Weakening Methane Rule Would Come at Cost to Climate, Health
WASHINGTON (April 19, 2017)—The Environmental Protection Agency (EPA) is re-considering a rule that would limit methane emissions from oil and gas extraction operations. This opens the door to weakening the rule, which is vital to protecting public health and reducing the risk of climate change, according to the Union of Concerned Scientists (UCS).
Below is a statement by Michelle Robinson, director of the Clean Vehicles Program at the Union of Concerned Scientists.
“There’s no dispute about the science here. Methane is an incredibly potent greenhouse gas, and the scale of methane emissions from oil and gas production is enormous. There are proven, low-cost ways to capture methane instead of letting it pollute our air, and the last administration put in place standards to make sure we do just that. It makes no sense for Administrator Pruitt to put those rules at risk.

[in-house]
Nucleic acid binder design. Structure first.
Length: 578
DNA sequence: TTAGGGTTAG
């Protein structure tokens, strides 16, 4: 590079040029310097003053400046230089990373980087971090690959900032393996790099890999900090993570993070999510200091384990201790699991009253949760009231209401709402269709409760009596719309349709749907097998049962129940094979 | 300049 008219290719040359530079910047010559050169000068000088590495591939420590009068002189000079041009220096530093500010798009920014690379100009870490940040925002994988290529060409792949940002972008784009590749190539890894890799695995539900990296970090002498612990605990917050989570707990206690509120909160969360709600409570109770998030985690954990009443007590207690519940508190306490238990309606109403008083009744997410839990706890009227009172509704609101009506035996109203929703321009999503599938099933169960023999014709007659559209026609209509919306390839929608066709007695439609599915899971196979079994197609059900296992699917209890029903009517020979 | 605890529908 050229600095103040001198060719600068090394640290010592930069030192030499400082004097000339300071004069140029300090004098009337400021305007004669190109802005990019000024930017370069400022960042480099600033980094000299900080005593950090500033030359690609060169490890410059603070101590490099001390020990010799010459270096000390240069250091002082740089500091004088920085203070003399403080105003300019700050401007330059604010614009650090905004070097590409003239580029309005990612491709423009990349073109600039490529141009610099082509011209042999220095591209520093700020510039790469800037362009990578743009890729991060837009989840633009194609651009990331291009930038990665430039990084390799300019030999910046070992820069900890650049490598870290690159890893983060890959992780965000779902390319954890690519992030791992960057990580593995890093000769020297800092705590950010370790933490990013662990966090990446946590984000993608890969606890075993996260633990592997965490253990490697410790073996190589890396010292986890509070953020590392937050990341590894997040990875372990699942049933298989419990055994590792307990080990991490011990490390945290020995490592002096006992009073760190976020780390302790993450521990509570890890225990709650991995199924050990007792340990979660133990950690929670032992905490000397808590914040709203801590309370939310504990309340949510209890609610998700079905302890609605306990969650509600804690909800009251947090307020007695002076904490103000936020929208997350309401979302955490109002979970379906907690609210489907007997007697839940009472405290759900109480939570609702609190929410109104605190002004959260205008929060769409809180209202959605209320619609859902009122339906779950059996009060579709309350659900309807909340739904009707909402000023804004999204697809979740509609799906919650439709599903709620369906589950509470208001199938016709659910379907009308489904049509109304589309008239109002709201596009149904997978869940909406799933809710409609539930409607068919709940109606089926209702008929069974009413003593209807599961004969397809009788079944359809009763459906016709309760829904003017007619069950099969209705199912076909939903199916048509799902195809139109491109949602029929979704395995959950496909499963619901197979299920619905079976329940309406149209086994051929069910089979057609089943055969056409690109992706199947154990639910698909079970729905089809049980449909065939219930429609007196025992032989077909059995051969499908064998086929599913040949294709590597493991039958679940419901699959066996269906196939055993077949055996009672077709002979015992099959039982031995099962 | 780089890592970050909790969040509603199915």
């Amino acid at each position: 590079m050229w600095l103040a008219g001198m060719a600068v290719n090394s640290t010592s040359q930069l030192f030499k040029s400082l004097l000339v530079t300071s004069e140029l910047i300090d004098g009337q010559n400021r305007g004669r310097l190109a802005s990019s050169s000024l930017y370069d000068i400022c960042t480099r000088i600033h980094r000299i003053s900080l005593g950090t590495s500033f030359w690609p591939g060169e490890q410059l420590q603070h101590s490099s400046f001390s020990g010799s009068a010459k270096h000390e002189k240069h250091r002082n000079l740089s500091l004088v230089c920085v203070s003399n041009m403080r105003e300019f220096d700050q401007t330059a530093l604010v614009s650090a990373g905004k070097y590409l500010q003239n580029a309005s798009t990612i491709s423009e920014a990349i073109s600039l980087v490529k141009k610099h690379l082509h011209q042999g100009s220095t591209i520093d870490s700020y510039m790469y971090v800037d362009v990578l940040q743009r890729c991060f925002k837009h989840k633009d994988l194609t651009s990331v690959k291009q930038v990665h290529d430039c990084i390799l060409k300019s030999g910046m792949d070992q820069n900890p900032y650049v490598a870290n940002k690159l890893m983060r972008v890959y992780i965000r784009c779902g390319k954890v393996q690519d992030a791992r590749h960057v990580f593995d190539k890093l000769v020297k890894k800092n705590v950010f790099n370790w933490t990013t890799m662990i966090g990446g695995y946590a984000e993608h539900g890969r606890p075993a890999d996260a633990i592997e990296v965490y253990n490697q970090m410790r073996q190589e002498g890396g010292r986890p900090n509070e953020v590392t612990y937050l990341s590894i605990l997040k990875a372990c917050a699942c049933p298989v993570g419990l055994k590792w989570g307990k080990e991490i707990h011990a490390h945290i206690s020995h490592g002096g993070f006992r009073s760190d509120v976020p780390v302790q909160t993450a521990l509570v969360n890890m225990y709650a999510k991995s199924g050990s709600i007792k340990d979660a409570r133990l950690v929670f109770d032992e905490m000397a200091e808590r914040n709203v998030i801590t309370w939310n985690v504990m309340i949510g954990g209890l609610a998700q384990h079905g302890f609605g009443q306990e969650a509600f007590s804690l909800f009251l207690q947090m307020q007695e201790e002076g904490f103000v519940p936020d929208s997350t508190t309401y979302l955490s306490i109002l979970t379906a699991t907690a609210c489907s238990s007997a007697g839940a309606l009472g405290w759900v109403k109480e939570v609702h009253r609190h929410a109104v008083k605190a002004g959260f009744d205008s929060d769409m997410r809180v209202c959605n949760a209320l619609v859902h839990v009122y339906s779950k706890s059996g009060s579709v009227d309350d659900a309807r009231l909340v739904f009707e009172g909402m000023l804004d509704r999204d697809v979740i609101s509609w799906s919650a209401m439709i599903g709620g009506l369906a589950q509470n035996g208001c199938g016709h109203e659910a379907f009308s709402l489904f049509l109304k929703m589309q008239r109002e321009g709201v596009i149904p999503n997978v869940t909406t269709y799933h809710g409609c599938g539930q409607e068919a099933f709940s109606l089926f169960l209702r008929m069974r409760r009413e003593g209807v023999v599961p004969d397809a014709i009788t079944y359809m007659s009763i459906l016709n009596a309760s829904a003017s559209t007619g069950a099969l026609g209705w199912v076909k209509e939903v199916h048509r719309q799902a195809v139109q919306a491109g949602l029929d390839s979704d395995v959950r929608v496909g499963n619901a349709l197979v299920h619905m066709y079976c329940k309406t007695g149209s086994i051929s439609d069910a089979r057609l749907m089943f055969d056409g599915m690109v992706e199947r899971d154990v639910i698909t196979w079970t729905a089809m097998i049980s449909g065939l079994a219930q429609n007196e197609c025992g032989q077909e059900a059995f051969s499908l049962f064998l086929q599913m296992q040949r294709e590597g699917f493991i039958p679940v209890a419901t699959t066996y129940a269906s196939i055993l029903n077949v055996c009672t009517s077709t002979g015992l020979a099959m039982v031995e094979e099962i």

“Instead of looking backwards to review well-reasoned rules based on clear science, the administration should be moving forward, extending these sensible protections to existing sources of methane.
“This is a clear case of EPA leadership listening to powerful industry voices rather than the evidence. The EPA’s job is not to protect Scott Pruitt’s friends in the oil and gas industry—it’s to protect the health and safety of Americans, based on science. Rolling back these rules would be a mistake not just for today, but for generations in the future.”